This trend is mirrored in Hamilton County, which appears to have seen a similar decrease in campers over the years. In 2016, 53% of visitors told ROOST they chose to camp when visiting Hamilton County — last year, that number had declined to 28%.

Camping continues to be popular in Franklin County, but less than it used to be, and hotel stays are growing. Last year 36% of visitors chose to camp rather than stay in a hotel, compared to 45% in 2016.

In that same timeframe, the number of visitors who said they chose to stay in a hotel grew from 13% to 27%.

McKenna said the most significant trend ROOST is tracking is the growth of short-term vacation rentals.

“The biggest trend we see is the vacation rental trend, and that’s where there’s the least information available,” he said.

That’s where studies like this can be valuable, according to McKenna.

“We’re trying to help business folks understand that trend and react to that trend,” he said.


Tourists who visited Essex County last year were overwhelmingly white, affluent, relatively old and from other parts of New York state, according to the study.

Among those who responded to the survey, 24.5% were from the Capital Region and 18.6% from New York City. Altogether, New York residents accounted for roughly 64% of visitors to the county, compared to 8% from Quebec and Ontario collectively.

Visitors to Essex County last year were slightly younger than those who visited neighboring Franklin and Hamilton counties — 54 years old on average, compared to 56 in the other two counties.

Essex County visitors were also more affluent, with an average annual income of $107,065, 11% and 13% higher than visitors to Franklin or Hamilton, respectively.

Those who identified as white accounted for 94.8% of survey respondents. Those who identified as multiple ethnicities accounted for 2.3%, and 1% as Asian. Black, Hispanic and Native Americans each accounted for less than 1%.

At 10.9 million people, there were 2.87 times more white residents statewide in 2017 than any other race or ethnicity, according to Data USA, an online data platform by the Massachusetts Institute of Technology, Datawheel and Deloitte. That compares to 3.81 Hispanic or Latino residents and 2.85 million black residents.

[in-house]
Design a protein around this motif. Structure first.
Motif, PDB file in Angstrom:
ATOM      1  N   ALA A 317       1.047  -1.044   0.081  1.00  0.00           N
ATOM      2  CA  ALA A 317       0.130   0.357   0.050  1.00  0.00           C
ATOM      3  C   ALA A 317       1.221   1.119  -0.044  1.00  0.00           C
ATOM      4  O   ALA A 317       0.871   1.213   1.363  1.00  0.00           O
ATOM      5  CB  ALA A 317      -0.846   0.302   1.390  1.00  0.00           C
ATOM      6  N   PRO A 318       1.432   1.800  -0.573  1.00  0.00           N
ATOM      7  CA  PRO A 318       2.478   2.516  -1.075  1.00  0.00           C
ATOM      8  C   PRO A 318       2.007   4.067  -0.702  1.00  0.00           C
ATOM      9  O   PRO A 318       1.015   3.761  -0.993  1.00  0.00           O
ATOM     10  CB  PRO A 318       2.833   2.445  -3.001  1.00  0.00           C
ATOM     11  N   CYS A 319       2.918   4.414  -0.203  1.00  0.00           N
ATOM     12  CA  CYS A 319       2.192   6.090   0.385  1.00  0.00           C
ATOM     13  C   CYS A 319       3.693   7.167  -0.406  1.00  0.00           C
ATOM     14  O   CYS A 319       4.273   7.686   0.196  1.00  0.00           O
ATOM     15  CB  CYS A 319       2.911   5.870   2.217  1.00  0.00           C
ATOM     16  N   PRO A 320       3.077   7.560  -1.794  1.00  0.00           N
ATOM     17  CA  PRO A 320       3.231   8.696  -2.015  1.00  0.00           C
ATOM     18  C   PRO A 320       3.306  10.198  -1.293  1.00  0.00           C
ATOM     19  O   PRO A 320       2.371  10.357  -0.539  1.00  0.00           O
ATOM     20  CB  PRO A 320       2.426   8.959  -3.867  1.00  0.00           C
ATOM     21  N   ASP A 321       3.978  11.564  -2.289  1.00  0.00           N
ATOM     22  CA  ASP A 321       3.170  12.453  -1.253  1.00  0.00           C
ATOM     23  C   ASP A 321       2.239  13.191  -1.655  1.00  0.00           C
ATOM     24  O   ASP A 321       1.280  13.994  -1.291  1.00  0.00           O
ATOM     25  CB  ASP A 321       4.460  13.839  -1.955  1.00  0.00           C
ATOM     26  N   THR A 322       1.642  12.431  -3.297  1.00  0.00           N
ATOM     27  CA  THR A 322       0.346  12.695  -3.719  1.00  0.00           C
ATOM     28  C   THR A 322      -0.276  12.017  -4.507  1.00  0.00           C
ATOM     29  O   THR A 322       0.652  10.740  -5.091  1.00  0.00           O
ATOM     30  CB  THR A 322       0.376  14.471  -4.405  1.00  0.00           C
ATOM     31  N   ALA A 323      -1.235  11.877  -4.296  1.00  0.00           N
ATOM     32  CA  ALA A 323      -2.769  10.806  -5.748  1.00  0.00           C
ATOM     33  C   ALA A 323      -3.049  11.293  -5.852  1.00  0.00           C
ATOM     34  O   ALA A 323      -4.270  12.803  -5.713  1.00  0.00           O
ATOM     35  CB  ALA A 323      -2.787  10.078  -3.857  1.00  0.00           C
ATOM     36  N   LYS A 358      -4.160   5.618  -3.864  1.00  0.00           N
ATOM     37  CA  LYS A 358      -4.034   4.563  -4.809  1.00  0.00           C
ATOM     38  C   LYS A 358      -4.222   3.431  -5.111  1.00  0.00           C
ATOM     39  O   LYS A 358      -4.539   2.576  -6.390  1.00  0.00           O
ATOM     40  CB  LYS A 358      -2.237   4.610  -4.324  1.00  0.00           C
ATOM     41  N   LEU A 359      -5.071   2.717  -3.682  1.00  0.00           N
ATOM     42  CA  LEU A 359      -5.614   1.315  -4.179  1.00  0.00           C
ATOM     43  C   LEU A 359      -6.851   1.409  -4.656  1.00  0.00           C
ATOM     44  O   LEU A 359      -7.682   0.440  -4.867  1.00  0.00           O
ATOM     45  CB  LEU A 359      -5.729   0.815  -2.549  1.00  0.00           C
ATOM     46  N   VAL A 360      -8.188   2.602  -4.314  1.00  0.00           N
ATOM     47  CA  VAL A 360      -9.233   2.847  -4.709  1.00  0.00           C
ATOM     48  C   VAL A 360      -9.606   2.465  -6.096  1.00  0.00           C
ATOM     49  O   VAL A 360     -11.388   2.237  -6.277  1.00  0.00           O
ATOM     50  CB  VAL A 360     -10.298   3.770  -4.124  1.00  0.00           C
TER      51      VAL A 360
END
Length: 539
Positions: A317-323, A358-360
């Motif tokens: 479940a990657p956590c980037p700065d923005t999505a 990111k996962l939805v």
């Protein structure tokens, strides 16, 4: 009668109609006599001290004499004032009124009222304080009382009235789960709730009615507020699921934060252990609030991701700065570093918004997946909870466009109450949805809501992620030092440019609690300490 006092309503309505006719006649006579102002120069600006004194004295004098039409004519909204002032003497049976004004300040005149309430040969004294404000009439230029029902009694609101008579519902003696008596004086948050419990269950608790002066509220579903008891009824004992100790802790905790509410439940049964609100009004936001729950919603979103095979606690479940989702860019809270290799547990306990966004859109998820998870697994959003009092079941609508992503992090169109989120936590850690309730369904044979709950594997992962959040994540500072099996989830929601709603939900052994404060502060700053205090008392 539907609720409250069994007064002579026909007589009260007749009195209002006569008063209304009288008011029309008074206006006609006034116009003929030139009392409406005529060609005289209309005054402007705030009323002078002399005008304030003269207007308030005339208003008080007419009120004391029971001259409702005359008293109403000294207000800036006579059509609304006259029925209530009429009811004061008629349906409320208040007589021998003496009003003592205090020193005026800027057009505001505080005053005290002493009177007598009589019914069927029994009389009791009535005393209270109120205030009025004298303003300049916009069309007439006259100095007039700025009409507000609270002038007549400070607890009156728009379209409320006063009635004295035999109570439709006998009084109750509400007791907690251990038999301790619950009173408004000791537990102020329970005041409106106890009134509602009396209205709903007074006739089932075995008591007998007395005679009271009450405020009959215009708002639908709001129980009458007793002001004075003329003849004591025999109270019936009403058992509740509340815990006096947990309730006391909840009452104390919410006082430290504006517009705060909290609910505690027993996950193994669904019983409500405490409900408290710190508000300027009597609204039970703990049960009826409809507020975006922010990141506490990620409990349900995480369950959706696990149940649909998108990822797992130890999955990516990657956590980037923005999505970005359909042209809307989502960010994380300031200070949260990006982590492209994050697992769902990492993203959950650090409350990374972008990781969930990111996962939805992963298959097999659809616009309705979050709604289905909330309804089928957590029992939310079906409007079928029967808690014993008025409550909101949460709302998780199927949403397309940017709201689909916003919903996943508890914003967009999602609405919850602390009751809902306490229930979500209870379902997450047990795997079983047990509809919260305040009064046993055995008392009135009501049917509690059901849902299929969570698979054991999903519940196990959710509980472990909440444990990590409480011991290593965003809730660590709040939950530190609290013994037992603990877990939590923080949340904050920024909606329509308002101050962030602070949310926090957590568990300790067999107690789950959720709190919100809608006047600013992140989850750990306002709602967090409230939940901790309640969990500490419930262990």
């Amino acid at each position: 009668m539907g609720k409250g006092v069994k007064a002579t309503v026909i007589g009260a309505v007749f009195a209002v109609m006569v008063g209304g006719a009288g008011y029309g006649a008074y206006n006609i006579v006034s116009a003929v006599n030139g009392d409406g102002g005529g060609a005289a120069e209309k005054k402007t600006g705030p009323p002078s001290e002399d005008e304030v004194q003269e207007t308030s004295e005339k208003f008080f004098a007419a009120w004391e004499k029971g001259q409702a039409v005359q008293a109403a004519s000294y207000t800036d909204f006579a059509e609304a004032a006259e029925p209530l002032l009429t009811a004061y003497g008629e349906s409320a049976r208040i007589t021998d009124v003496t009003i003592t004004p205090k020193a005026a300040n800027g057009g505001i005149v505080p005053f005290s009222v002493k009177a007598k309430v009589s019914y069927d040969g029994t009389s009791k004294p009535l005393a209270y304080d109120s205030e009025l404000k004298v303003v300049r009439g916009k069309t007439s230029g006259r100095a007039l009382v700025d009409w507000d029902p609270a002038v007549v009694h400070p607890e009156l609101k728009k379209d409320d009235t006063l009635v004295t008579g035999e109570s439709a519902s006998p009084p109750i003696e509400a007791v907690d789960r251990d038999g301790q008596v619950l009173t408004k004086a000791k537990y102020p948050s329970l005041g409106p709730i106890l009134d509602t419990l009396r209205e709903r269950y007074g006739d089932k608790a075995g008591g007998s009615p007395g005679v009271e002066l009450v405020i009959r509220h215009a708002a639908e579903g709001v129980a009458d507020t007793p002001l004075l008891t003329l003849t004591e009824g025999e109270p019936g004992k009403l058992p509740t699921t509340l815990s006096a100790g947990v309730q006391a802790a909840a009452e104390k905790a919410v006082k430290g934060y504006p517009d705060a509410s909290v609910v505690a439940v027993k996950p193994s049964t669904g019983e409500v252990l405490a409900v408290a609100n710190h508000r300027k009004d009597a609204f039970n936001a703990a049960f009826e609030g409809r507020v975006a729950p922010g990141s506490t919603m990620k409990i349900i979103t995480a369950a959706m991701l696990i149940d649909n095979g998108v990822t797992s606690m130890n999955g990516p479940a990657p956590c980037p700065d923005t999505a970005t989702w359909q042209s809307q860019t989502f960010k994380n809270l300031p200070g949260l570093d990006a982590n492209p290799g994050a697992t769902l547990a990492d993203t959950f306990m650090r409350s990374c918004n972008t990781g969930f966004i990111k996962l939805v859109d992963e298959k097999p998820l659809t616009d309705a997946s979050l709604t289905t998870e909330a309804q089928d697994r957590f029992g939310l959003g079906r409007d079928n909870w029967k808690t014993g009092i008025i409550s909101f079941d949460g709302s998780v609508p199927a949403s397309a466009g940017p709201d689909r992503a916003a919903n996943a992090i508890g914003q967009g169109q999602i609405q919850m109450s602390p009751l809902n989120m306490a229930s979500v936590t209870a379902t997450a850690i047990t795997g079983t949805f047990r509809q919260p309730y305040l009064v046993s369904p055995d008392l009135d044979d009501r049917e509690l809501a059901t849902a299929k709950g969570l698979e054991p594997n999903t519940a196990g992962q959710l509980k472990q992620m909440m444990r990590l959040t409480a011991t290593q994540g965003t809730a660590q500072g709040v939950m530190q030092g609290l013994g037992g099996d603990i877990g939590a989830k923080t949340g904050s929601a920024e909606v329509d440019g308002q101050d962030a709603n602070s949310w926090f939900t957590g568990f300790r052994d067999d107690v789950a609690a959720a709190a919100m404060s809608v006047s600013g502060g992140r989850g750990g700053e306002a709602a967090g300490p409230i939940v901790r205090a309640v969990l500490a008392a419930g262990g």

The results of the ROOST study show little change in visitor demographics in at least the last two years. ROOST has commissioned travel leisure studies for years, but data on visitors’ ethnicities weren’t collected until 2017.

“The destinations, historically, have been that way,” McKenna said.

He said he wasn’t sure why people of color aren’t coming to the Adirondacks in larger numbers.

“We’re all trying to change that equation a little bit. Our feeling is, we have to see that change in the future,” he said.

“It’s a matter of education that we’re trying to create locally as well as outside the region. To create a sustainable tourism model, diversity is part of the successful formula.”

The Adirondack Diversity Initiative — a volunteer-run coalition of various local marketing, nonprofit and advocacy organizations — is exploring ways to make the Adirondacks more comfortable for people of different ethnicities, cultures and backgrounds to visit and live. In this year’s state budget, $250,000 was allocated to the ADI via the Environmental Protection Fund.

The money was set to be funneled through the Adirondack North Country Association, another nonprofit organization. ANCA was tasked with using the funding to hire a coordinator to expand outreach and programming. That coordinator has not yet been hired, according to Jacob Vennie-Vollrath, regional advocacy coordinator for ANCA. He said ANCA received the necessary paperwork from the Senate to move forward on Tuesday.

“We will be releasing the job posting and officially begin a national search on Thursday morning,” he said in an email. “We are aiming to have the director hired by mid to late August.”